Causes of recent changes in western North American snowpack

Climate Dynamics (Impact Factor: 4.23). 01/2011; 38(9):1885-1899. DOI:10.1007/s00382-011-1089-y

ABSTRACT Monthly snow water equivalent (SWE) station observations and gridded temperature data are used to identify mechanisms by which
warming affects the temporal and geographical structure of changes in western North American mountain snowpack. We first exploit
interannual variability to demonstrate the sensitivity of snowpack to temperature during the various phases of the snow season.
We show that mechanisms whereby temperature affects snowpack emerge in the mid to late portion of the snow season (March through
May), but are nearly absent during the earliest phase (February), when temperatures are generally well below freezing. The
mid to late snow season is precisely when significant loss of snowpack is seen at nearly all locations over the past few decades,
both through decreases in snow accumulation and increases in snowmelt. At locations where April 1st SWE has been increasing
over the past few decades, the increase is entirely due to a significant enhancement of accumulation during the earliest phase
of the snow season, when the sensitivity analysis indicates that temperature is not expected to affect snowpack. Later in
the snow season, these stations exhibit significant snowpack loss comparable to the other stations. Based on this analysis,
it is difficult to escape the conclusion that recent snowpack changes in western North America are caused by regional-scale
warming. Given predictions of future warming, a further reduction in late season snowpack and advancement in the onset of
snowmelt should be expected in the coming decades throughout the region.

KeywordsSnow water equivalent–Climate change–Climate sensitivity–Trends–Surface observations

0 0
1 Bookmark
  • Source
    [show abstract] [hide abstract]
    ABSTRACT: Recent observations have documented declining snow water equivalent (SWE) and earlier melt in the coastal Cascade and Sierra Nevada mountain ranges, and climate models suggest that warming temperatures will decrease snowpack storage in the higher-elevation mountain ranges of interior western North America. To date, however, observations of changing SWE or snowmelt have been limited to the state of Colorado in the intermountain west (IMW), defined here as the Rio Grande, Colorado River, and Great Basins, which supply water to the driest regions of North America. We used daily SNOTEL data collected between 1984 and 2009 combined with the nonparametric regional Kendall test to demonstrate significant and widespread changes in the duration of snow cover in these river basins. Daily SNOTEL data demonstrated that basin average maximum SWE occurred as early as 7 March (Lower Colorado River Basin) and as late as 13 April (Upper Colorado, Yampa, and White River Basins). Although significant increases in winter temperature (T) were widespread, there were minimal changes in the day of maximum accumulation and no indications from SWE to winter precipitation ratios (SWE:P) and winter T observations that a transition from snow to rain had occurred. While there was little change in day of maximum accumulation, the duration of snow cover decreased in 11 of 13 drainage regions, and snowmelt center of mass (SM50) advanced 1 to 4 days per decade in 6 of 13 regions. There were significant trends toward a faster SM50 and shorter duration of snow cover in the highest-elevation regions (>2800 m) of the Colorado River Basin, suggesting that winter T and P may not be the primary driver of change. Our results show that the IMW hydroclimate is both spatially and temporally variable, with few changes in winter T and P in the Great Basin and drier and warmer winters in the Colorado River and Rio Grande Basins. The changes in snowmelt timing also were variable, with a shorter SM50 and less maximum SWE in the Colorado River and Rio Grande Basins. The variable response of snowpacks in the IMW to widespread warming highlights the need for additional research into the mass and energy balance of these continental snowpacks.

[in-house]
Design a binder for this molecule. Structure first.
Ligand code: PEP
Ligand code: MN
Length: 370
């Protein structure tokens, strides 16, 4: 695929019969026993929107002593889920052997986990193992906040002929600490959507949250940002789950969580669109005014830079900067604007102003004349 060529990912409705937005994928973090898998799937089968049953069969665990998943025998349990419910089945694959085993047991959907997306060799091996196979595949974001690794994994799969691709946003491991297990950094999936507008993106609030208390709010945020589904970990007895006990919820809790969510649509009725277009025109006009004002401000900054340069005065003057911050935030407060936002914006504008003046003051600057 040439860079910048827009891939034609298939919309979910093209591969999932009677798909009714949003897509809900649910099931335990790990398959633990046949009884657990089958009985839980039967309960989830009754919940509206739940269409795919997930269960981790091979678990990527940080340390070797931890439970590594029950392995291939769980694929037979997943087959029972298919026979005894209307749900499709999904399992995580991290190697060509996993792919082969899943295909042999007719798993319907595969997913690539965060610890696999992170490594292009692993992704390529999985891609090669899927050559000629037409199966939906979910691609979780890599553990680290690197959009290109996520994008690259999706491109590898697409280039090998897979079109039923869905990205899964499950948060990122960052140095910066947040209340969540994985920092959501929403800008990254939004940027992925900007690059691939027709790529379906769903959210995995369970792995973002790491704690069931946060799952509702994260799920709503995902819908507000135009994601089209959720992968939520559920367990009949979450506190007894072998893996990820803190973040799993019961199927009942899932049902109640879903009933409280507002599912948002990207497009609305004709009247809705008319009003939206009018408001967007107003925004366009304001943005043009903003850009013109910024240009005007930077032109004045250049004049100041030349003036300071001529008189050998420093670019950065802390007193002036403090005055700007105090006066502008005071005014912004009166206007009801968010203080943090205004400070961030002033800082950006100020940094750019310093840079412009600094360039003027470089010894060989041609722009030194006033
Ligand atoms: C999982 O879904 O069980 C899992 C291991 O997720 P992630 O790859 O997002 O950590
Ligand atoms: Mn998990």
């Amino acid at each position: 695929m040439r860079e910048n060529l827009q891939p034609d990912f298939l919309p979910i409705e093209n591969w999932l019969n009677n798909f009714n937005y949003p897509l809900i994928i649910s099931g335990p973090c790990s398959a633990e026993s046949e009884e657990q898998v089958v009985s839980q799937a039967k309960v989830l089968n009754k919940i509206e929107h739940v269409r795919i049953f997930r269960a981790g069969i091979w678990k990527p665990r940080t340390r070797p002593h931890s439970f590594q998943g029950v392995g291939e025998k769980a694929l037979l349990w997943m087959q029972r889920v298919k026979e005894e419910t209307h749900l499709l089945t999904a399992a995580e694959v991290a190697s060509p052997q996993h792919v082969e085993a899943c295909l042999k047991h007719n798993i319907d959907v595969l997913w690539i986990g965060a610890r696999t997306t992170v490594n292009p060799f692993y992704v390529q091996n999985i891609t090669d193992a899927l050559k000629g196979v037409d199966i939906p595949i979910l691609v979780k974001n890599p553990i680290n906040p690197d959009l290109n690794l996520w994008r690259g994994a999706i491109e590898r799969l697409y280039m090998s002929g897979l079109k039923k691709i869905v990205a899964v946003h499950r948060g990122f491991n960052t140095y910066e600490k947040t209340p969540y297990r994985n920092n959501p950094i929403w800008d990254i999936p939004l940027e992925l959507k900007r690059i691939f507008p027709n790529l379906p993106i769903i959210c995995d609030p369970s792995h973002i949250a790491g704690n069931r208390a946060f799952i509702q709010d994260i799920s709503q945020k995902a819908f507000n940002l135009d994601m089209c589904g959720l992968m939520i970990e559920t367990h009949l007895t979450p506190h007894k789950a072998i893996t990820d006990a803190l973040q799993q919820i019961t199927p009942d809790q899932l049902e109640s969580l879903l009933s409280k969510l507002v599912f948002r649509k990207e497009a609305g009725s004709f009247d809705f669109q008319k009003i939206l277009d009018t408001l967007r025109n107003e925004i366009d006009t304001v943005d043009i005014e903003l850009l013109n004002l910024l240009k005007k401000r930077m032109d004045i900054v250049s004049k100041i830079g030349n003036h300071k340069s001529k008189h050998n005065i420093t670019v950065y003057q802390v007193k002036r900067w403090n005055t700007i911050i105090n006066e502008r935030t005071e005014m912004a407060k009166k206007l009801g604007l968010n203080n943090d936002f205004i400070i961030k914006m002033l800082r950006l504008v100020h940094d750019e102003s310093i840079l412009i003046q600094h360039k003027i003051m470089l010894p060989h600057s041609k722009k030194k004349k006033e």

Water Resources Research 11/2012; 48(11):11501-. · 3.15 Impact Factor
  • Source
    [show abstract] [hide abstract]
    ABSTRACT: Given its large population, vigorous and water-intensive agricultural industry, and important ecological resources, the western United States presents a valuable case study for examining potential near-term changes in regional hydroclimate. Using a high-resolution ensemble climate model experiment, we find that increases in global radiative forcing result in an acceleration of decreases in spring snowpack and a transition to a substantially more rain-dominated water resources regime over the next three decades. These hydroclimatic changes are associated with increase in cold-season days above freezing and decreases in cold-season snow-to-precipitation ratio. The changes in the temperature and precipitation regime in turn result in shifts toward earlier central snowmelt, baseflow and runoff dates throughout the region, as well as reduced annual and warm-season snowmelt and runoff. The simulated hydrologic response is dominated by changes in temperature, increasing confidence in the model projections. Given the impacts of recent trends in snowpack and snowmelt runoff, the projected acceleration of hydroclimatic change in the western U.S. has important implications for the availability of water for agriculture, hydropower and human consumption, as well as for the risk of wildfire, forest die-off, and loss of riparian habitat.
    AGU Fall Meeting Abstracts. 12/2011;


1 Download
Available from